October 15, 2019

Verifying Account Identity in the Age of Real-Time Payments

Account validation has always been an important aspect of the payment lifecycle. The verification of an account leads to reduced rates of fraud, chargebacks, and other costly mistakes. Despite the benefits of verifying an account prior to approving a transaction, not all merchants have a protocol in place to do so. But soon merchants using the ACH network will be required to implement some form of account verification.

NACHA, the Electronic Payments Association overseeing the ACH network, changed its Operating Rules governing account ACH payments. According to the rules, originators of WEB debit entries are required to use a "commercially reasonable fraudulent transaction detection system" to screen for fraud. Beginning on March 19, 2021, the rule will change to explicitly require "account validation" to be part of fraud detection system.

Merchants who do not already have account validation capabilities built into their fraud detection systems should educate themselves about the rule change and explore ways to ensure compliance. The white paper "Securing Faster Payments: Modernizing Account Validation" published by GIACT is a great resource to start with.


CFPB Announces Taskforce on Federal Consumer Financial Law

WASHINGTON, D.C. - The Consumer Financial Protection Bureau (Bureau) today announced that it will establish a taskforce to examine ways to harmonize and modernize federal consumer financial laws.

The Taskforce on Federal Consumer Financial Law will examine the existing legal and regulatory environment facing consumers and financial services providers and report to Director Kraninger its recommendations for ways to improve and strengthen consumer financial laws and regulations. The taskforce will produce new research and legal analysis of consumer financial laws in the United States, focusing specifically on harmonizing, modernizing, and updating the enumerated consumer credit laws-and their implementing regulations-and identifying gaps in knowledge that should be addressed through research, ways to improve consumer understanding of markets and products, and potential conflicts or inconsistencies in existing regulations and guidance.

"An objective and independent evaluation of our current regulatory framework to identify where there may be gaps or where regulation should be simplified or modernized is needed to help us more effectively carry out our mission of protecting consumers," said Consumer Financial Protection Bureau Director Kathleen L. Kraninger. "As we work to set up the taskforce, we encourage interested individuals to apply to be considered to be part of the taskforce."
Read more at CFPB

CFSA Conference
CFSA Conference

What is an ACH return? How do I prevent them?

An Automated Clearing House (ACH) return is the equivalent of a bounced check. An ACH return occurs when a registrant provides bank information in order to make a payment; however, the payment is returned by the bank for one of many reasons, the most common of which include:
  • Insufficient funds
  • A stop payment
  • Incorrect account information
To back up a little, ACH payments or eChecks are a form of electronic payment that enables merchants and consumers to send funds between one another. ACH payments are regulated by the National Automated Clearing House Association (NACHA), which handles the administration and governance of the ACH network. NACHA is also responsible for the set of rules to be followed anytime an ACH payment fails, otherwise known as an ACH return.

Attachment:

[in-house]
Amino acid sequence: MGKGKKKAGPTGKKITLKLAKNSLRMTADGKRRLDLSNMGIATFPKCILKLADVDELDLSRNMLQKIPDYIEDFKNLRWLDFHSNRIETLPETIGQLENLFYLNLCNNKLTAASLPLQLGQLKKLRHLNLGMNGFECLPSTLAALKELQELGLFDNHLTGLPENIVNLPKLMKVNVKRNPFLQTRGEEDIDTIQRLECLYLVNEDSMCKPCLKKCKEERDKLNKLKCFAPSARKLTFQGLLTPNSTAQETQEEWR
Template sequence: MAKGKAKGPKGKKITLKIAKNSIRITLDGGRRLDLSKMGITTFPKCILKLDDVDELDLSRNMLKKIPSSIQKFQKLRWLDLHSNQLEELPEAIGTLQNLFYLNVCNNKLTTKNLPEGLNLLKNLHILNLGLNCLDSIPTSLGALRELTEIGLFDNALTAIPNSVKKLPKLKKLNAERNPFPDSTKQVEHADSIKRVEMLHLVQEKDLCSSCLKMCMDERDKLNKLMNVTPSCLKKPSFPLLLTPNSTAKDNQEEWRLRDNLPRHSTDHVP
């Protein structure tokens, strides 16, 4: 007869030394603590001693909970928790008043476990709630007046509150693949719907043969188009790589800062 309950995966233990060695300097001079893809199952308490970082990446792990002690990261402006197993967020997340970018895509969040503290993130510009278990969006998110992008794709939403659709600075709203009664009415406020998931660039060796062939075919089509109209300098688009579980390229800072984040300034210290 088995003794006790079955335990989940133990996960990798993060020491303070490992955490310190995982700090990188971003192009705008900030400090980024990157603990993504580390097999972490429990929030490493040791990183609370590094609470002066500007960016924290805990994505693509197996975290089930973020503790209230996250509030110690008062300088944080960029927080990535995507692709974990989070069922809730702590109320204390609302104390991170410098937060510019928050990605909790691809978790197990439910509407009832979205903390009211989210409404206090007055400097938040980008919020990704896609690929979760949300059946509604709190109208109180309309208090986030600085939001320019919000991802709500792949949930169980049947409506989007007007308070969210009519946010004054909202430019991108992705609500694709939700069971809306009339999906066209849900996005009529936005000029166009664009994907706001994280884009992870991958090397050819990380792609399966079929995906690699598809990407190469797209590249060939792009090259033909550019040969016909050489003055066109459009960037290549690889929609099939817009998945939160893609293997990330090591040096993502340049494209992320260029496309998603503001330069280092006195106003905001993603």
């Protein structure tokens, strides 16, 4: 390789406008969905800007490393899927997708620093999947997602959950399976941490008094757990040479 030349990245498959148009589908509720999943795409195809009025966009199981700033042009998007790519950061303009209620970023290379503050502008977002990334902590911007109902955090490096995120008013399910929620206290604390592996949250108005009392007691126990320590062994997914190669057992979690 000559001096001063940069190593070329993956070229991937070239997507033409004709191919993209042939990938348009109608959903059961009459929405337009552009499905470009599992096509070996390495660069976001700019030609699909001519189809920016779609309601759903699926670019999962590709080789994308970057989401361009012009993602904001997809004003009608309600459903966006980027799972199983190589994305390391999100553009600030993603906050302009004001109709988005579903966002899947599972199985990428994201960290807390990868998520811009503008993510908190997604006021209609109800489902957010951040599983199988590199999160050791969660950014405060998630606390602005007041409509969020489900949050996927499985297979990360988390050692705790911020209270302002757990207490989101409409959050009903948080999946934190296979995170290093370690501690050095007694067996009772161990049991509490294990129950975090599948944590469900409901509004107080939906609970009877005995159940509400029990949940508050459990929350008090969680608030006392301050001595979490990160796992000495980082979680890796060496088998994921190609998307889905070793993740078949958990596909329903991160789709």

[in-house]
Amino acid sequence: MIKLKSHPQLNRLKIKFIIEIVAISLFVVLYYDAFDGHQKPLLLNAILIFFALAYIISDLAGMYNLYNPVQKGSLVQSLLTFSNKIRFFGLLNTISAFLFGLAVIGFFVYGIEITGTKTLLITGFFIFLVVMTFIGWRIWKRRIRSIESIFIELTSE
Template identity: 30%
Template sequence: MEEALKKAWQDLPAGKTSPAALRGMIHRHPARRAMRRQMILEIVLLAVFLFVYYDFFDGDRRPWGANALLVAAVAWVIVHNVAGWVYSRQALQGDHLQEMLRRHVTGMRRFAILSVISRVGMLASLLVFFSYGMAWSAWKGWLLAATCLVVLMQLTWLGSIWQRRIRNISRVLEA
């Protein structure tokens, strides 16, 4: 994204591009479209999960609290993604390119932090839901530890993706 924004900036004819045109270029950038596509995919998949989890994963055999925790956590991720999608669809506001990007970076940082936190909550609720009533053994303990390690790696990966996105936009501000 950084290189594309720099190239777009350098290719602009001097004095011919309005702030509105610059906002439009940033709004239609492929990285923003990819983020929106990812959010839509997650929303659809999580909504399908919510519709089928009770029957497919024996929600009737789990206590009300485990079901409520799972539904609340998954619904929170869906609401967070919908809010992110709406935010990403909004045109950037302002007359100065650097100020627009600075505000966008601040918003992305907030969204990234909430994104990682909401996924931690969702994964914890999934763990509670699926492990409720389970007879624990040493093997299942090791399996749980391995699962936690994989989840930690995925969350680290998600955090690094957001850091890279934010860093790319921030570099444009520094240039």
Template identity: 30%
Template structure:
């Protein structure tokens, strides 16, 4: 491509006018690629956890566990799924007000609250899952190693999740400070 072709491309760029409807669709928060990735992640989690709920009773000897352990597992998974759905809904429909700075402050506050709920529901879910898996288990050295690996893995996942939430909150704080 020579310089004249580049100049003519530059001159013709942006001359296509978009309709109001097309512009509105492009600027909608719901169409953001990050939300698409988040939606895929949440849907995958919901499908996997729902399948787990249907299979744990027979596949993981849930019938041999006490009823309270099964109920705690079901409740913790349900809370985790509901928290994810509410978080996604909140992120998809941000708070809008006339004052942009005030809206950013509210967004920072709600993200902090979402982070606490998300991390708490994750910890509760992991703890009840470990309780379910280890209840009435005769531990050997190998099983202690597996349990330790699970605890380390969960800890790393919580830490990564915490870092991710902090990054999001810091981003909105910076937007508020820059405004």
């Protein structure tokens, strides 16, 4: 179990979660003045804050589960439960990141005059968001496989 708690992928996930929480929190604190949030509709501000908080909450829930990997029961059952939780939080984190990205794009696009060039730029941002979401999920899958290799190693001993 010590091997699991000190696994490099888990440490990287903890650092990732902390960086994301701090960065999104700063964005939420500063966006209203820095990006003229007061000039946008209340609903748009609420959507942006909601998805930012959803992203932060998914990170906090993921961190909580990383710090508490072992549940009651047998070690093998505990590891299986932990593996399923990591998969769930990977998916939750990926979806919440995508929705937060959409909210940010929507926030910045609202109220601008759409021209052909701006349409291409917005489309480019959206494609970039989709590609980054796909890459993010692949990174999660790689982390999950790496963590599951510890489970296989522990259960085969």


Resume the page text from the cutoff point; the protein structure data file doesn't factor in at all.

As an example, let's consider the case of a consumer that wants to use ACH to pay a utility bill each month. This requires the utility company (the Originator) to authorize its merchant bank (the Originating Depository Financial Institution or "ODFI") to initiate an ACH debit from the customer's bank account. The data for this debit entry is sent through an ACH Operator (usually the Federal Reserve Bank) as part of a batch transfer, usually at the end of the day.
Read more at PAYLIANCE


Volcker rule changes approved by federal regulators

Federal financial regulators have finalized changes to the Volcker rule that are designed to simplify compliance requirements.

The Volcker rule, which was established as part of the Dodd-Frank Act, was enacted in 2013 to prohibit banking entities from engaging in proprietary trading or investing in or sponsoring hedge funds or private equity funds.

The amended rule would alter the rule's compliance requirements based on the size of a firm's trading assets and liabilities. Specifically, firms that don't engage in significant trading activities will have simplified and streamlined compliance requirements. However, institutions that do have significant trading activity will be subject to more stringent compliance requirements. Community banks are exempt from the Volcker rule. The revisions continue to prohibit proprietary trading. The regulatory agencies expect that the universe of trades that are considered prohibited proprietary trading will remain generally the same as they were previously.
Read more at Financial Regulation News


Cybersecurity is the top concern among community banks

A survey of community banks revealed that cybersecurity is their top concern.

The sixth annual community bank survey, conducted by the Conference of State Bank Supervisors (CSBS), revealed that 70 percent of respondents ranked cybersecurity as their most significant risk.